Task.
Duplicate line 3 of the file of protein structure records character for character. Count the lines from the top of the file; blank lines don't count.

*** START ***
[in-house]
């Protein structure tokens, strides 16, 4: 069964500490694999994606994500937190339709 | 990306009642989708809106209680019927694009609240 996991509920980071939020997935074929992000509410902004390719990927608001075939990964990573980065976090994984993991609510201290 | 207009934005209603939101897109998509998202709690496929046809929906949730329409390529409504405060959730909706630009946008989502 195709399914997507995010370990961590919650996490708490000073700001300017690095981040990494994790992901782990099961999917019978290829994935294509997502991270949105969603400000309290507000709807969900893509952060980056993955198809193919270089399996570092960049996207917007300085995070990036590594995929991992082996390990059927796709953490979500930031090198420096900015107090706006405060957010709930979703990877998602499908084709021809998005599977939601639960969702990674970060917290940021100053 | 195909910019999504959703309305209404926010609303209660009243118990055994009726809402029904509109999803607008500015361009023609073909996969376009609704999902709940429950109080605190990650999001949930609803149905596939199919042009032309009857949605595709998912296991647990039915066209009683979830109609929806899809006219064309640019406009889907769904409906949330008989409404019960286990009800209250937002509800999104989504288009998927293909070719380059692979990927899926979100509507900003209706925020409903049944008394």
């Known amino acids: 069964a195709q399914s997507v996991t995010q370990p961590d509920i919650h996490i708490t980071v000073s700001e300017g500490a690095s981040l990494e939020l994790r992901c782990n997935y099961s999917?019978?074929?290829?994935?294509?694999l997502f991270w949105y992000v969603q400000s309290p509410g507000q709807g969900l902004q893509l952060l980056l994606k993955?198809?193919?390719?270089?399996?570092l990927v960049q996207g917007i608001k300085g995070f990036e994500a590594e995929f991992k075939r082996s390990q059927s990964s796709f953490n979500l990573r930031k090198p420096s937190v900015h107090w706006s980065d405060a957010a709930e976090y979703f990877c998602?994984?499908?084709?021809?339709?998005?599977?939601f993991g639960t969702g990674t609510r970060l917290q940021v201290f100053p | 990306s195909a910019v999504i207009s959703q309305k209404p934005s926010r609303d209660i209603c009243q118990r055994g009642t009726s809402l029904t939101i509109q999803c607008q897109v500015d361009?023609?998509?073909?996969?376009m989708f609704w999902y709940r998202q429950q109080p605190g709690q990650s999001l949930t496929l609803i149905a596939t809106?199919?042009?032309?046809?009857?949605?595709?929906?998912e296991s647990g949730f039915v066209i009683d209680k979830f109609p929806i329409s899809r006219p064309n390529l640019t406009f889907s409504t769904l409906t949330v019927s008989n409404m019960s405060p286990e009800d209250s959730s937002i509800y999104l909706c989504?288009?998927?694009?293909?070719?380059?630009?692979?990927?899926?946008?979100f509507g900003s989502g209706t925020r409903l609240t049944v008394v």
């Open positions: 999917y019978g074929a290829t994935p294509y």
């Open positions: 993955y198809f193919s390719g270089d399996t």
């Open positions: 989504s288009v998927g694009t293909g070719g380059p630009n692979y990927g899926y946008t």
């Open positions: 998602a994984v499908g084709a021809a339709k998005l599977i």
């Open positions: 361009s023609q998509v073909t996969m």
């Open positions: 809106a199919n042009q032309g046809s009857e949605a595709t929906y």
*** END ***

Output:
């Known amino acids: 069964a195709q399914s997507v996991t995010q370990p961590d509920i919650h996490i708490t980071v000073s700001e300017g500490a690095s981040l990494e939020l994790r992901c782990n997935y099961s999917?019978?074929?290829?994935?294509?694999l997502f991270w949105y992000v969603q400000s309290p509410g507000q709807g969900l902004q893509l952060l980056l994606k993955?198809?193919?390719?270089?399996?570092l990927v960049q996207g917007i608001k300085g995070f990036e994500a590594e995929f991992k075939r082996s390990q059927s990964s796709f953490n979500l990573r930031k090198p420096s937190v900015h107090w706006s980065d405060a957010a709930e976090y979703f990877c998602?994984?499908?084709?021809?339709?998005?599977?939601f993991g639960t969702g990674t609510r970060l917290q940021v201290f100053p | 990306s195909a910019v999504i207009s959703q309305k209404p934005s926010r609303d209660i209603c009243q118990r055994g009642t009726s809402l029904t939101i509109q999803c607008q897109v500015d361009?023609?998509?073909?996969?376009m989708f609704w999902y709940r998202q429950q109080p605190g709690q990650s999001l949930t496929l609803i149905a596939t809106?199919?042009?032309?046809?009857?949605?595709?929906?998912e296991s647990g949730f039915v066209i009683d209680k979830f109609p929806i329409s899809r006219p064309n390529l640019t406009f889907s409504t769904l409906t949330v019927s008989n409404m019960s405060p286990e009800d209250s959730s937002i509800y999104l909706c989504?288009?998927?694009?293909?070719?380059?630009?692979?990927?899926?946008?979100f509507g900003s989502g209706t925020r409903l609240t049944v008394v």